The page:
Swell (Book review by Victoria)

9_2 bookI have just finished reading “Swell” by Jenny Landreth, “a bold, joyful account of how women fought their way into the water, and of what they did once they got there” (wildswimming.co.uk)

“Swell” provides an interesting account of the history of swimming in the UK in a very readable style with some fun personal anecdotes that many people will relate to.   I love social history and was fascinated to read how swimming in the UK has changed and developed throughout the last century and about the women whose love of water encouraged them to pioneer for change, making swimming accessible as a pastime for all today.   However, it is Jenny’s personal swimming history, her waterbiography, dotted throughout the book, that was the real winner for me.  Her experiences are, I think, typical of those of many of us who grew up in the 70s and 80s: being taught to swim for survival in cold council run pools as a child turns into lengths of head-up breast stroke for fitness and pleasure as a young adult and finally morphs into learning to feel the joy and comfort of swimming with your face underwater.  As I read I was reminded of my own love of the water and how my swimming and understanding has developed and changed over the years.  Jenny herself is now an avid, no wetsuit, cold water swimmer, something I’ve not quite managed to become yet, but she did inspire me to go diving last weekend!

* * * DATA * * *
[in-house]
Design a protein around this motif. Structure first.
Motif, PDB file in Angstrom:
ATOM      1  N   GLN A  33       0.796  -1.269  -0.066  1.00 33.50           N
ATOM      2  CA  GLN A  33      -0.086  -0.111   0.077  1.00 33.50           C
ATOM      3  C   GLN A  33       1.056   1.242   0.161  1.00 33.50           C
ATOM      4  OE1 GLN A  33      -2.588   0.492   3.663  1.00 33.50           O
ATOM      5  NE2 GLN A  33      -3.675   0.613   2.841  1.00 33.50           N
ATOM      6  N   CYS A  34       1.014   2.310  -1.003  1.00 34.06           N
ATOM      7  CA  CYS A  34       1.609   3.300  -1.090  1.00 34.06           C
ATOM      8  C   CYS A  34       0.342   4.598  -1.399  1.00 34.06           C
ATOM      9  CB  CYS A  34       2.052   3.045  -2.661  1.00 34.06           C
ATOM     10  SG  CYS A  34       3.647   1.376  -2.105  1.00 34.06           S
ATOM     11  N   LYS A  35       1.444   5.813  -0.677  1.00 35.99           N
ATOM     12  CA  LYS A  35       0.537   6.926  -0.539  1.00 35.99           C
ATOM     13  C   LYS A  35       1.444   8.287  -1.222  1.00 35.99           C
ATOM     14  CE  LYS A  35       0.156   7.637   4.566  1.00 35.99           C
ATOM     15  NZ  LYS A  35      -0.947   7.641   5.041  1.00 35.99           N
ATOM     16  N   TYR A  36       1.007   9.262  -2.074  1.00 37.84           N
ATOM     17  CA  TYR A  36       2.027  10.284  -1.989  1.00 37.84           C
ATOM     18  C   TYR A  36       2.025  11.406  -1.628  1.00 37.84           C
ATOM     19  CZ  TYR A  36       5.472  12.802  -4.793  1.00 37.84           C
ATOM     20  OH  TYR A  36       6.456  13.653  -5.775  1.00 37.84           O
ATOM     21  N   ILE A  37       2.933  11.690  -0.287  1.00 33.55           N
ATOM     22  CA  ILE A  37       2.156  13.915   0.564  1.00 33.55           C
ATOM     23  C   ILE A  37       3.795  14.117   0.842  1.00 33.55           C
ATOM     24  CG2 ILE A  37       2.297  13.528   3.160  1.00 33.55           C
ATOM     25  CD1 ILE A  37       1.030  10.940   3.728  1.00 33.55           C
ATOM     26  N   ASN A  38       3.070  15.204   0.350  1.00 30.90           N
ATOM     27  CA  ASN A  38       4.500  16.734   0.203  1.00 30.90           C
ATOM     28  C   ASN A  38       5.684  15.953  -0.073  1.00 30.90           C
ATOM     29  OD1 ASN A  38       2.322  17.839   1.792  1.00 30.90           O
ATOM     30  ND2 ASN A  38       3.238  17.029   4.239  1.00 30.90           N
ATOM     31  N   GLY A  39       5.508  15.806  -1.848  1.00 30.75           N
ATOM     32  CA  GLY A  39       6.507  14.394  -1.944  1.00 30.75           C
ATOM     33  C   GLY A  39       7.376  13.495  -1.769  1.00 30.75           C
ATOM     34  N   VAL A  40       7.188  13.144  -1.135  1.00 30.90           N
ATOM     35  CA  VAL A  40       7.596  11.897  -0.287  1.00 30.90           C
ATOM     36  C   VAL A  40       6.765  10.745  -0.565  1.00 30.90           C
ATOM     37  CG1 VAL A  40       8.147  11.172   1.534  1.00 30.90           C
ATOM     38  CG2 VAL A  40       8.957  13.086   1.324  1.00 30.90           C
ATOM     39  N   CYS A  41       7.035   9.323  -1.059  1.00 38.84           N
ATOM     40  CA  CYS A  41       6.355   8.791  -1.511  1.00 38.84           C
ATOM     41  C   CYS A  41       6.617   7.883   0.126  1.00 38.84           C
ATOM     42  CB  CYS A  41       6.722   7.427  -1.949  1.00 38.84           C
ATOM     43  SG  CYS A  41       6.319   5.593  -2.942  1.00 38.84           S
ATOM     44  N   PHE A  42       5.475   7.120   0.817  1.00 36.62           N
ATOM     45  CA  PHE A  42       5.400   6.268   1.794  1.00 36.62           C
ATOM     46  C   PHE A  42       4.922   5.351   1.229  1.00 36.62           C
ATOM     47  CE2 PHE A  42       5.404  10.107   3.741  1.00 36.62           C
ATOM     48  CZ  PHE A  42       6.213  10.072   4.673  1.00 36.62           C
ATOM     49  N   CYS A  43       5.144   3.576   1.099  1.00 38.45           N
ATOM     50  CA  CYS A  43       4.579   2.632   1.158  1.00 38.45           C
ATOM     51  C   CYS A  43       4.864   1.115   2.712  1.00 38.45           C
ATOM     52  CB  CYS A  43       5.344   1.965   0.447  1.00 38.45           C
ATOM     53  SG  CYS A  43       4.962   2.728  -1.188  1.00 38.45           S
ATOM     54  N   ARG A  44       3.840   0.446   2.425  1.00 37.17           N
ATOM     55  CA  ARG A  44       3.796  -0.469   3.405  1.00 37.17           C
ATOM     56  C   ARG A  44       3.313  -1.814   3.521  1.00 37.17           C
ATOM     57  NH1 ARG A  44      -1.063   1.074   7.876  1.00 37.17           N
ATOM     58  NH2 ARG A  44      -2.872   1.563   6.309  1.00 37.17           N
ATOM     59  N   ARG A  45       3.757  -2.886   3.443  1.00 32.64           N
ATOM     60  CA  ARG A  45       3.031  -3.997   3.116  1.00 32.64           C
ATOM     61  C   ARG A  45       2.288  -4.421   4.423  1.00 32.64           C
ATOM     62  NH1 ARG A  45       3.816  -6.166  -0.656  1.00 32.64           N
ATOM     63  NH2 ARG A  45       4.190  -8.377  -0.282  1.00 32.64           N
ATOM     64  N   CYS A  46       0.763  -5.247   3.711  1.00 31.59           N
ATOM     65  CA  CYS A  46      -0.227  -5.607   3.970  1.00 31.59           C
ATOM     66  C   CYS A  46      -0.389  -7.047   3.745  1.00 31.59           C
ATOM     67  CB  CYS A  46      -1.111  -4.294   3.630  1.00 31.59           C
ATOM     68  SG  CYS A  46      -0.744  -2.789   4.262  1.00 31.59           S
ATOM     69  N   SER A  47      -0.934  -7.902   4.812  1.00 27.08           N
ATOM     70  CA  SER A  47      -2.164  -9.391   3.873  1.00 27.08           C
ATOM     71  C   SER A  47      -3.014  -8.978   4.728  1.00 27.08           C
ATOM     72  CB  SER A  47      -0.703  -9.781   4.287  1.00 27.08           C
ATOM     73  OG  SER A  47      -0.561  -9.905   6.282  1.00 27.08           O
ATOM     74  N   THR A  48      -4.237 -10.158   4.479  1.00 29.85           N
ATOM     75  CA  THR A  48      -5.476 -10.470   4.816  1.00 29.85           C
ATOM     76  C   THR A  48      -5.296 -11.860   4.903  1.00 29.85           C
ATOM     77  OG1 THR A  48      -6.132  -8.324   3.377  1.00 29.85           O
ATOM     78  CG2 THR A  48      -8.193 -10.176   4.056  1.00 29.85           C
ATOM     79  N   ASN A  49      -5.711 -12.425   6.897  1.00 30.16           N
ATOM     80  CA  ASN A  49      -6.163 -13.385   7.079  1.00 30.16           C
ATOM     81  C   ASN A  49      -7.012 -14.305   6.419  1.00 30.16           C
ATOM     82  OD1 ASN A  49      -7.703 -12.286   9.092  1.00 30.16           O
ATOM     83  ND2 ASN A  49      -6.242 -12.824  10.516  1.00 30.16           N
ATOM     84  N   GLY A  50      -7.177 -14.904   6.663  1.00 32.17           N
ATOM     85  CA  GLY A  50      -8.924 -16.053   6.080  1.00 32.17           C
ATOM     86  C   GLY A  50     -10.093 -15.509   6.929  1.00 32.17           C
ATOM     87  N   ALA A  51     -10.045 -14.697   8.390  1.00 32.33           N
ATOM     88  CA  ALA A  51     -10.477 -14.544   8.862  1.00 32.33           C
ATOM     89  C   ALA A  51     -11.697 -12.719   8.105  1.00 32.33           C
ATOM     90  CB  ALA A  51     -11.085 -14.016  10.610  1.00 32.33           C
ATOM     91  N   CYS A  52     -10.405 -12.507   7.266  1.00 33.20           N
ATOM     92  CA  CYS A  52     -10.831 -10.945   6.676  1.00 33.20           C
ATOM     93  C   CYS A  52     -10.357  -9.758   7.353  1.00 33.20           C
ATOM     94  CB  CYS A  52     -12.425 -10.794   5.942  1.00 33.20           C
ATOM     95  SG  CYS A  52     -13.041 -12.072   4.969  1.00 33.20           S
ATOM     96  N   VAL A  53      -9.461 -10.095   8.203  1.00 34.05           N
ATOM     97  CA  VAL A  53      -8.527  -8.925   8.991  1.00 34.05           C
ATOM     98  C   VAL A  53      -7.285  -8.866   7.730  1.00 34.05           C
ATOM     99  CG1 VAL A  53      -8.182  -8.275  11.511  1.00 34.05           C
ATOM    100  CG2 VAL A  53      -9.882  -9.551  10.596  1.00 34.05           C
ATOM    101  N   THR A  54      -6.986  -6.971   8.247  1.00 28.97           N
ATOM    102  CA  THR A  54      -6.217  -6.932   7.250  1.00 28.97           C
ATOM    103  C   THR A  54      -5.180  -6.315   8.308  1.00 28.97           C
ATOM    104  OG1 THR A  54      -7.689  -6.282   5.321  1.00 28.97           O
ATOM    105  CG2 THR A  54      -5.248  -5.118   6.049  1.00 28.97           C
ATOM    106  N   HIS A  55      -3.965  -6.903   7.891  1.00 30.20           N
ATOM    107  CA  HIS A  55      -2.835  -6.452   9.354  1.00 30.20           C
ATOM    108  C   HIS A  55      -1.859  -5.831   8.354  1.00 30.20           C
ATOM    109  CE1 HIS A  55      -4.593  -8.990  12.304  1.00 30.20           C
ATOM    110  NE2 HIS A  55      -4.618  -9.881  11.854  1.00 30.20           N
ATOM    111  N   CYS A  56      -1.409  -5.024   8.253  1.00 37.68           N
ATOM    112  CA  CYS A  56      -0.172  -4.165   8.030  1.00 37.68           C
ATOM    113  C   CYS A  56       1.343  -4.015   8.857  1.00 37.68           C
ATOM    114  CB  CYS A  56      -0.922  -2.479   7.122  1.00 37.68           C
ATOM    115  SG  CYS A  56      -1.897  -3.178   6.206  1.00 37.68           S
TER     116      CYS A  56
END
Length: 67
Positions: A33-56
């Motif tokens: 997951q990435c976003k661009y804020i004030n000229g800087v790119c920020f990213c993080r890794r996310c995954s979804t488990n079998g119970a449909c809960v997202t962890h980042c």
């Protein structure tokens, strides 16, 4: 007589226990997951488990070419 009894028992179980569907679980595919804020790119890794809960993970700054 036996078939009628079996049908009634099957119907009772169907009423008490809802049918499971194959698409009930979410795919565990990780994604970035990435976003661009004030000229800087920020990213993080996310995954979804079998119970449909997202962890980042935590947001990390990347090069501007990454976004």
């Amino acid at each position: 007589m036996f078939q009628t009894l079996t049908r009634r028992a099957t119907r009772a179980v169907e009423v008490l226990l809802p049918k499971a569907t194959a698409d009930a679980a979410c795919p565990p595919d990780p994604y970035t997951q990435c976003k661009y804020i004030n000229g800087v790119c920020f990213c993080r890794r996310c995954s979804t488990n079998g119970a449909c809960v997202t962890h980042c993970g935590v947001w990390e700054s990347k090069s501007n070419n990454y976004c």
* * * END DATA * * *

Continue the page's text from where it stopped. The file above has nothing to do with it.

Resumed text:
A recommended read for anyone, water lover or not.